Wednesday, July 11, 2018

The FOGCPJA... or something

Archbishop Athenagoras, The Living Church, Dec. 12, 1943
(Orthodox History) - Back in the early 1940s, several of the Orthodox jurisdictions briefly came together to form an organization with the unwieldy name, “The Federated Orthodox Greek Catholic Primary Jurisdictions in America.” That’s ridiculous, so we’ll just call it “the Federation.” Anyway, the Federation was a precursor to SCOBA, which morphed into the present-day Assembly of Bishops.

The Federation was active for only a couple years, 1942 to 1944. Its biggest achievement was getting the Orthodox recognized by the Selective Service, which in turn meant that clergy were exempt from the draft and could serve as military chaplains. The Federation was also instrumental in the incorporation of several Orthodox jurisdictions, including the Antiochian Archdiocese, under New York law. (Click here to read a timeline of the Federation.)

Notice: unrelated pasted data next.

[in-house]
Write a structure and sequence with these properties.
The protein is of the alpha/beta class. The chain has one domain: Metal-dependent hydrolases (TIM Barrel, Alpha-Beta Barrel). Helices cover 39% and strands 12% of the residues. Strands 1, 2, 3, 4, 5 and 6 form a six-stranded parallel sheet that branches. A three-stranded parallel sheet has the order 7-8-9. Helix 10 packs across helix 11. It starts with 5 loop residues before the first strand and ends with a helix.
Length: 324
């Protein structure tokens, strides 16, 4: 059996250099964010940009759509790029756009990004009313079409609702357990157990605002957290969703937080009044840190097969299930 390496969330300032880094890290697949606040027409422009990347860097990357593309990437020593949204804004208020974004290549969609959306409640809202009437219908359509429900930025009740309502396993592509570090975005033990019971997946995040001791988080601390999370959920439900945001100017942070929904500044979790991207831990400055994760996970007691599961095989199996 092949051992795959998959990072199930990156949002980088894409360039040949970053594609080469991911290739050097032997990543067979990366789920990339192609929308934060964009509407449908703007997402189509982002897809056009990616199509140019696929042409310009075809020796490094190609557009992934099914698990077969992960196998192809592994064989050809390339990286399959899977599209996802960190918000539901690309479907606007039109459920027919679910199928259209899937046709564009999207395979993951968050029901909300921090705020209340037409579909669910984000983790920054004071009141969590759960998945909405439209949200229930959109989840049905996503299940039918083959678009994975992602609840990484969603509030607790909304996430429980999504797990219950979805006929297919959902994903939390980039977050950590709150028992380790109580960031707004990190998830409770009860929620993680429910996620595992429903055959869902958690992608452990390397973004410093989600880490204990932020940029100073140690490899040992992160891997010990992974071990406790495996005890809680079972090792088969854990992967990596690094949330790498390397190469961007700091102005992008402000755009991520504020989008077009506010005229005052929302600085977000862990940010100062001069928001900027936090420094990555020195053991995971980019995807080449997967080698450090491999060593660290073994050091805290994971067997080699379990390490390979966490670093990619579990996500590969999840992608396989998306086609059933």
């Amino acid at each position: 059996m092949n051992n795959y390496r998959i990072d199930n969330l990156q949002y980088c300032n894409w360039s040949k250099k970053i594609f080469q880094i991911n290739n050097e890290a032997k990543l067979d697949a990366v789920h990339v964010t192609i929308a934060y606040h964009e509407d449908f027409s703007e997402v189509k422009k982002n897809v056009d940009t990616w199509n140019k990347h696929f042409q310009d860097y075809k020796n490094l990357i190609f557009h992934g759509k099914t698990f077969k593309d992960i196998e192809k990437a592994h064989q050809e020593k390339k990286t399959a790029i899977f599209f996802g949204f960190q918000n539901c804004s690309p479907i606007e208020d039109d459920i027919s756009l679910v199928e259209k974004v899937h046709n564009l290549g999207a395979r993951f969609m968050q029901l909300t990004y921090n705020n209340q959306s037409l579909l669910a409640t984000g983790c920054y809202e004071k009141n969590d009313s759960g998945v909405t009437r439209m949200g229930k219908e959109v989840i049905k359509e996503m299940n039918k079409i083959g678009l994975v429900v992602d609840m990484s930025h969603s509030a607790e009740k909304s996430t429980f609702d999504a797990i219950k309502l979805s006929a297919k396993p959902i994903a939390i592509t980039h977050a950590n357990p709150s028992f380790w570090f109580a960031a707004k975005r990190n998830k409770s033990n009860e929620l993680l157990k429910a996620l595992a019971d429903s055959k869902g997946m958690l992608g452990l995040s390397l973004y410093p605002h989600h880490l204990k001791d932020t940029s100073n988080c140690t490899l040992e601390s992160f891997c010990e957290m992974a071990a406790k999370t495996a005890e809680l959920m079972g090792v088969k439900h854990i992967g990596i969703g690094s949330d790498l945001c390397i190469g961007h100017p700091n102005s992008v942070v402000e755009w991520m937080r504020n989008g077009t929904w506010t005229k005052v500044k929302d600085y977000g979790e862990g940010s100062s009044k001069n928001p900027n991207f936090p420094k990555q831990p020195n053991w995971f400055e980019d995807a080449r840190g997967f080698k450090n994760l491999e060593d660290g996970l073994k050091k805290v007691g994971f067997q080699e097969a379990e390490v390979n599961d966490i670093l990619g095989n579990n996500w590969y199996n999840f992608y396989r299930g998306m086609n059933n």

What I didn’t know until recently was that the Federation apparently planned to create an English-speaking seminary. I learned this thanks to Lou Milicich, who sent me a link to the December 12, 1943 issue of The Living Church, a publication of the Episcopal Church in America.

The Living Church reported that Archbishop Athenagoras, head of the Greek Archdiocese (and future Ecumenical Patriarch), announced plans for the seminary — but, somewhat oddly, the seminary’s main purpose seems to have been training priests for service in Europe, not the United States. Athenagoras noted that there were already a number of Orthodox seminaries in America, with 155 students between them.

The primary motivation behind this new seminary seems to have been political, more so than pastoral. Here’s what Athenagoras said: